You see, Emily Devenport (could I have gotten away with calling her fabulous?) is my wife. I love her madly. I can’t even pretend that I can be objective about anything about her.

But Medusa Uploaded is a real knockout. I would have enjoyed the holy hell out of it even if I weren’t sleeping with the author. I feel compelled to tell the world about it.

So screw it. I’m writing about it. To hell with objective criticism. (is criticism ever objective? Do I smell an oxymoron here?) I loved the book! I’m not playing critic--I’m acting as a cheerleader: YAY, EMILY! GO! GO! GO!

Sure, some of the pleasure I get is because I was there while she created it. When she had the dream that inspired the original novelette. I have long known her love of classical music and Japanese movies. Together we learned how people treat the “help” when we were making a precarious living as housekeepers/janitors. As she wrote it, it was my pleasure to read passages as she wrote them.

And now that Medusa Uploaded is published, and taking off, the pleasure just multiplies.

And why not? It soars off into unexplored territory, while at the same time capturing the joy of old-fashioned space opera. What more can you ask for in a science fiction novel?

If that all weren’t enough, she has turned in a sequel to the publisher. There will be more!

So, what are you waiting for? Buy Medusa Uploaded. Help make it a bestseller. Make the fabulous Emily Devenport happy.

It’ll make me happy, too. A rich wife can come in handy.

Friday, May 25, 2018


Chicanonautica, over at La Bloga, is all about Isaac Ezban's Cosas Feas.

Here's an example of his filmmaking:

Cosas Feas includes scene from this capitalist propaganda cartoon:

And this classic of adolescent agnst exploitation:

He's also a professional, who's done commercials:

Thursday, May 17, 2018


One thing you can do if you want to support writers is review their work. Some of you are intimidated by it, but we realize that you aren't professional writers. We don't need masterworks of literary criticism on Amazon and Goodreads, or even Facebook and Twitter. We need help spreading the word.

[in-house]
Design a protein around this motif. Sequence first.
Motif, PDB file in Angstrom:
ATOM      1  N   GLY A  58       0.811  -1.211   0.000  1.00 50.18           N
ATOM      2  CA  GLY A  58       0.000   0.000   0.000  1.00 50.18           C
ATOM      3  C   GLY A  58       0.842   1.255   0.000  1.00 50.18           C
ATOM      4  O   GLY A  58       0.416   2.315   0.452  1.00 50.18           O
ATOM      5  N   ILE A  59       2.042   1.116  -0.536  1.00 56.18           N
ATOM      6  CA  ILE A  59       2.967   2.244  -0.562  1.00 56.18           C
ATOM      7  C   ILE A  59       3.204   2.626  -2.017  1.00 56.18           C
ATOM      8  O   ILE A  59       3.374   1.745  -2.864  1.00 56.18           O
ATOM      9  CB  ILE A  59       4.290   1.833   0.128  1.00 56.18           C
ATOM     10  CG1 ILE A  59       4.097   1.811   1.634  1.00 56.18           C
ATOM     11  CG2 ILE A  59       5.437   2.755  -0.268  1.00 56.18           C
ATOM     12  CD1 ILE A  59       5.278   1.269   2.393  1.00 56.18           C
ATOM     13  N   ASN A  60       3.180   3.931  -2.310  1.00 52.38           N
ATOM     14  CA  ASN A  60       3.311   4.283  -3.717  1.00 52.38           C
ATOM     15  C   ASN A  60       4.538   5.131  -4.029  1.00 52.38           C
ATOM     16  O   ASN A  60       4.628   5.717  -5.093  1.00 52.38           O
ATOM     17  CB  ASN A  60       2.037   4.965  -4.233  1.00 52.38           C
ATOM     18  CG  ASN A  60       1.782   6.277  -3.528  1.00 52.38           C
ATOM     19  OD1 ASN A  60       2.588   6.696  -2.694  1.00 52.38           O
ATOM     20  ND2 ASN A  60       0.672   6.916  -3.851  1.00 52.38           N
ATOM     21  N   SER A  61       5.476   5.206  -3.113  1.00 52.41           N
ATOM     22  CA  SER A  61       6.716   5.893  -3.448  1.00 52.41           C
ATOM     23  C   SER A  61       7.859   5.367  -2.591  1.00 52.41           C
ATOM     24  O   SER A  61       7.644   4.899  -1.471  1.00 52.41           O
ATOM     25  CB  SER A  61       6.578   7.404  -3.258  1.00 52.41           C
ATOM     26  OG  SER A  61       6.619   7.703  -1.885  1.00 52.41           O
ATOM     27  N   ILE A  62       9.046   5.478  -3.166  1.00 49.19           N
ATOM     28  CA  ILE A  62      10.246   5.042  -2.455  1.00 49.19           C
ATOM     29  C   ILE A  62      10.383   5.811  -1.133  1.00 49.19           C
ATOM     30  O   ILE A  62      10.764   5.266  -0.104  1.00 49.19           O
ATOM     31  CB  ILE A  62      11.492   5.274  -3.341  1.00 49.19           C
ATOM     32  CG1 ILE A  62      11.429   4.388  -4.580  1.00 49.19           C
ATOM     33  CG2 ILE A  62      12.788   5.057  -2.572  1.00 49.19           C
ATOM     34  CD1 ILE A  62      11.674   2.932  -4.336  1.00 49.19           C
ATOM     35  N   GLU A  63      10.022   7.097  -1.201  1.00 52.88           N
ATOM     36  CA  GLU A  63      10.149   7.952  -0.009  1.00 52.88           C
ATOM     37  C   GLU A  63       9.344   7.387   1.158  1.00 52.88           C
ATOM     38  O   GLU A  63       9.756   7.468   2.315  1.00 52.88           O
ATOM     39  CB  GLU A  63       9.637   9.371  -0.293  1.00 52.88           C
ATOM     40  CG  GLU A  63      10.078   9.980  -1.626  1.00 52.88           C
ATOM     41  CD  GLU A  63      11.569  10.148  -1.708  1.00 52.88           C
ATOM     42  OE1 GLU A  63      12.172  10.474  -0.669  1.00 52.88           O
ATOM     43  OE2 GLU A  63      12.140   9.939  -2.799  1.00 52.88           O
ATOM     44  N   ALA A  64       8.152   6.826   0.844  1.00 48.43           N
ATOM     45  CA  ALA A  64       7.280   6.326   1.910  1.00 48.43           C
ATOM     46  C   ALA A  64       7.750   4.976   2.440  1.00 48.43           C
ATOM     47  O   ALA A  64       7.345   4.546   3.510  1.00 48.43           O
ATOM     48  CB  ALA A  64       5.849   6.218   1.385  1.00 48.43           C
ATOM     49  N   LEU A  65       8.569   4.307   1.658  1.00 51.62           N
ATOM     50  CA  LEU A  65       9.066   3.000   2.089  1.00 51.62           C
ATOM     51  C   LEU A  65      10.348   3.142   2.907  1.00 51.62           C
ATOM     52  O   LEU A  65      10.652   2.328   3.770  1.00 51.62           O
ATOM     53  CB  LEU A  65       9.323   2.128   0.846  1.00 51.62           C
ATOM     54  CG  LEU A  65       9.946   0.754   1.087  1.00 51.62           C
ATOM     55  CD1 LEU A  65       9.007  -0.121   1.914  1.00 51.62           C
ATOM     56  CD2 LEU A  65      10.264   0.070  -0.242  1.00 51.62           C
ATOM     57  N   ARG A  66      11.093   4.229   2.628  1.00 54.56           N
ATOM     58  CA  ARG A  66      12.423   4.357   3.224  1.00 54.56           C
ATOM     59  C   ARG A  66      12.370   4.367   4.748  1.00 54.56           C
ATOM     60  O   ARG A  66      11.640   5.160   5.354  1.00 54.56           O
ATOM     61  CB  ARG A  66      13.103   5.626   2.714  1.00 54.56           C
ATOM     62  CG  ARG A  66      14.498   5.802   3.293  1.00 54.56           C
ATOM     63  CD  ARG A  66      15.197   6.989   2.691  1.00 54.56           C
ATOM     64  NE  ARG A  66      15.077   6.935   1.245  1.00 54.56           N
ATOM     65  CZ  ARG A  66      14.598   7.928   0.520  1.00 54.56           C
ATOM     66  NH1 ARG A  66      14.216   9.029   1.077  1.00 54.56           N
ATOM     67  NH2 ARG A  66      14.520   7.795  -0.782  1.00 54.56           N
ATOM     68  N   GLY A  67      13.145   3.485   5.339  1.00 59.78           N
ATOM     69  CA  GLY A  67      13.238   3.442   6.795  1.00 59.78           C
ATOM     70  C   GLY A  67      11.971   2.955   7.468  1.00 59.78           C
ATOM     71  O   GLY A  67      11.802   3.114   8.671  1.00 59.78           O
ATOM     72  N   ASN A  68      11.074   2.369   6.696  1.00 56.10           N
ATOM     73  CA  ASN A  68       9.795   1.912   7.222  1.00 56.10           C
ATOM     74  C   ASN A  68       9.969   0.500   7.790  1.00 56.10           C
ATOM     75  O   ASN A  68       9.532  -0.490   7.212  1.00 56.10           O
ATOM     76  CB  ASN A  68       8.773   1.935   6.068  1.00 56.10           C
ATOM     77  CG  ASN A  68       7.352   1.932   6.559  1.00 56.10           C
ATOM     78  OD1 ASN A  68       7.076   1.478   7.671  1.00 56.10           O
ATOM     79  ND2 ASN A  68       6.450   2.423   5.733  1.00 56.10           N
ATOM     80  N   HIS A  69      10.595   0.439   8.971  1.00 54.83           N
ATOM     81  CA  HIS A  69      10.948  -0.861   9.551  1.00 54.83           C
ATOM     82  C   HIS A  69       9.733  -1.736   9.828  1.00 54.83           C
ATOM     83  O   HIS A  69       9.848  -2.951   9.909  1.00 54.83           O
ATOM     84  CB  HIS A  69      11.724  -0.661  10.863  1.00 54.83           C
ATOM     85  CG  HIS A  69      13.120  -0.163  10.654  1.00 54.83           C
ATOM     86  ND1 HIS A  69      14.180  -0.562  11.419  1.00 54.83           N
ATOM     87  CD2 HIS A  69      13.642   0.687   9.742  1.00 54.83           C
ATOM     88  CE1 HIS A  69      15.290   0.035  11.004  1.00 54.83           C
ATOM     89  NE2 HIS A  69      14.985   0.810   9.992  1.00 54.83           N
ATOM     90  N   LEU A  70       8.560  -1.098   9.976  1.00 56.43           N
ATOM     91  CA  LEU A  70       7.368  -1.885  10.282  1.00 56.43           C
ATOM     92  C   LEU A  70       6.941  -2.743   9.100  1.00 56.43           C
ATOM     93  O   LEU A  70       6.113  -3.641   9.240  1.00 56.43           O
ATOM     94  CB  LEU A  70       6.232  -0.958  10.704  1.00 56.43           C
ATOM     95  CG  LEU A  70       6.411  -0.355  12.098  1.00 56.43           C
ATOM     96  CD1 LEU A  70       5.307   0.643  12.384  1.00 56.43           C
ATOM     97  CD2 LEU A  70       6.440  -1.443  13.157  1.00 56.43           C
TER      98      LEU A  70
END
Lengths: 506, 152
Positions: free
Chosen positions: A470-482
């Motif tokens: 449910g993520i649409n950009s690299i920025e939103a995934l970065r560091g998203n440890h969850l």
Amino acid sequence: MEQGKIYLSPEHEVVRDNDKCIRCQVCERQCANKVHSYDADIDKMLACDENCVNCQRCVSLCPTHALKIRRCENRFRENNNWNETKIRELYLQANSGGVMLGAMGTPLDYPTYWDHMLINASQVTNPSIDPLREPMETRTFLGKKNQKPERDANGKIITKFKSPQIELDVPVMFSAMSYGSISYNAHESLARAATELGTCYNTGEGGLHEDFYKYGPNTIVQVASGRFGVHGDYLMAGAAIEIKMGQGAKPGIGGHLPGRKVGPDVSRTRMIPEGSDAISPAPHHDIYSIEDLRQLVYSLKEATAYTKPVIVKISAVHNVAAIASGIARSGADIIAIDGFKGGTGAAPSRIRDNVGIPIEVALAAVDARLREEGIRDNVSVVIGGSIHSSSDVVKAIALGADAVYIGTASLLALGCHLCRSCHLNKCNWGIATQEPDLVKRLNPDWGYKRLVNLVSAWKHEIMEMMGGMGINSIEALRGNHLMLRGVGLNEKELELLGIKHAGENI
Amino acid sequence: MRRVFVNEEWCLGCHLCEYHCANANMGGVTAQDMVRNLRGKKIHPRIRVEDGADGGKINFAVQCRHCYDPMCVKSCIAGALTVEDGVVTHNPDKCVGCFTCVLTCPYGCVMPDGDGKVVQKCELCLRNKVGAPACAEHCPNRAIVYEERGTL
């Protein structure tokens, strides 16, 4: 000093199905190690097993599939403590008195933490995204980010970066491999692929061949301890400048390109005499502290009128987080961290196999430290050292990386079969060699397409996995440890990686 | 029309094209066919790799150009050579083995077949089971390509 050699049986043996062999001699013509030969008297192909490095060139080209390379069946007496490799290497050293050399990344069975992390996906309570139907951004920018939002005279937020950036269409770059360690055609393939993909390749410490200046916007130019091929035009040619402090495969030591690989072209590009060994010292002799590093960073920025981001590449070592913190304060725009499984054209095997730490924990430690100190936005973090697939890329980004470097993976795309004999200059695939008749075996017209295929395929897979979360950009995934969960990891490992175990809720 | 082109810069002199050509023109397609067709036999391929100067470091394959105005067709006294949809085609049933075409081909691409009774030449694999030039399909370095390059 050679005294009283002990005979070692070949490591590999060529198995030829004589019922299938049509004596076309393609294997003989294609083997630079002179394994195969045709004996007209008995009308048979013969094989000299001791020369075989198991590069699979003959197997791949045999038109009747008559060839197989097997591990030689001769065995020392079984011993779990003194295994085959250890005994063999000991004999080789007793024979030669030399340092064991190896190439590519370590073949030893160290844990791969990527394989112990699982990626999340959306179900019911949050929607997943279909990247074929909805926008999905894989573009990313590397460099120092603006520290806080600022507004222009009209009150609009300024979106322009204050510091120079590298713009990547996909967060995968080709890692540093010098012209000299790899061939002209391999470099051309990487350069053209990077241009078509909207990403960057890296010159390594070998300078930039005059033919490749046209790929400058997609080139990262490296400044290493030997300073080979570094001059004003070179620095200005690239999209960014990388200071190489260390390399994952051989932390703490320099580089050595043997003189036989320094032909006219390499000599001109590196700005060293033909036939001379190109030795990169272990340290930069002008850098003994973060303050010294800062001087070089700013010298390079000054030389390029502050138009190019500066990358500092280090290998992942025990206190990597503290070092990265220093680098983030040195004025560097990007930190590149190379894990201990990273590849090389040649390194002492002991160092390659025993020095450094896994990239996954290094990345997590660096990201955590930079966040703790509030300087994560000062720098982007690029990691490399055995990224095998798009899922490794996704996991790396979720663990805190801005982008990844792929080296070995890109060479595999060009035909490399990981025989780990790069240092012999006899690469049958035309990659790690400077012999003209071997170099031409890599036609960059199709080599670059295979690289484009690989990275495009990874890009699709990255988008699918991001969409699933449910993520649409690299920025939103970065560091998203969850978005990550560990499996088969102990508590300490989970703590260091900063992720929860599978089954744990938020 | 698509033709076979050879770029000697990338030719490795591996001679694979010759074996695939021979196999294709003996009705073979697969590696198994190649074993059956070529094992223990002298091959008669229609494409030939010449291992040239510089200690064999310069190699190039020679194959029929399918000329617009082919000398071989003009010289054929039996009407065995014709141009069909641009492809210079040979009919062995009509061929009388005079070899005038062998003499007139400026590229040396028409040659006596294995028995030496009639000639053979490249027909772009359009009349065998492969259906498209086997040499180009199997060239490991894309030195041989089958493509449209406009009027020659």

My advice is to go minimalist.

And minimalist may sound highfaluting, but it's just a way of saying keep it short and simple. And it doesn't have to be long. One liners are okay!

My novel Smoking Mirror Blues got a five-star (see, you don't even have to use words) masterpiece of this genre.

D.S. White simply quoted from the book:

She was supposed to be some kind of neomythical recombocultural chimera. Real sumato, as all the recombozos and recombozoettes say.

Then added:

"Classic Hogan has returned!"

Yes, it can be that easy. And fun, too.

Bad reviews, often done by malicious folks who want to drag down your ratings are often minimalist. My books have gotten “Save your money,” and “Terrible.” But they can be countered by more minimalist positive reviews.

Get creative. Use emojis if you want.

So, review away!

Right now I could use some for the new edition of Smoking Mirror Blues and my wife's Medusa Uploaded is just out.

It's a way to make writers happy.

Friday, May 11, 2018


And you can read all about at Chicanonautica, over at La Bloga.

Remember, it's all about the Battle of Puebla:

They celebrate it differently in Mexico:

And it's mutating:

And going global:

Thursday, May 3, 2018


My wife, the fabulous Emily Devenport's new novel, Medusa Uploaded is available, online, and in bookstores. It's about class warfare on a generation starship—perfect entertainment for our times. Go get it!

And while you'll out there, pick up the May/June 2018 Alfred Hitchcock's Mystery Magazine. It's got a story by Emily, “10,432 Serial Killers (In Hell).”

Things are getting busy here at Hacienda Hogan.

Friday, April 27, 2018


That's thanks to Silvia Moreno-Garcia's Prime Meridian, in Chicanonautica, over at La Bloga:

It's about a young woman from Mexico City:

Who dreams of moving to Mars:

With references to the old days of Mexican cinema:

Who know's where this could lead:

Thursday, April 19, 2018


To celebrate the new edition of Smoking Mirror Blues, I shuffled through my mound of battered sketchbooks, and ran across the stuff I did for publicity for the original edition.

Suddenly, another one of those creative lightning bolts hit me. I was going to need art for my own social media publicity campaign. These files were generated (I had Corel Draw at the time) in black and white to be flyers that never got made. It was 2001, the War on Terror had broken out, my wife and I had just moved into a new house and were working full time at Borders, not leaving much time for conventions and such niceties.

So I ran 'em through GIMP and colorized and further augmented them, along with the cover of my self-published ebook. I love fooling around with art and/or technology. Especially when it gets wild and woolly in spite of itself. 

I also did some clipped, cropped, colorized, and distorted pieces, because—yes, dammit!--sci-fi ain't nothing but mojo misspelled.

And half of a Tezcatlipoca face can be a portrait, a landscape, and a starscape at the same time, as well as an homage to Max Ernst, and a reminder that all literature is space opera because the entire universe is inside outer space.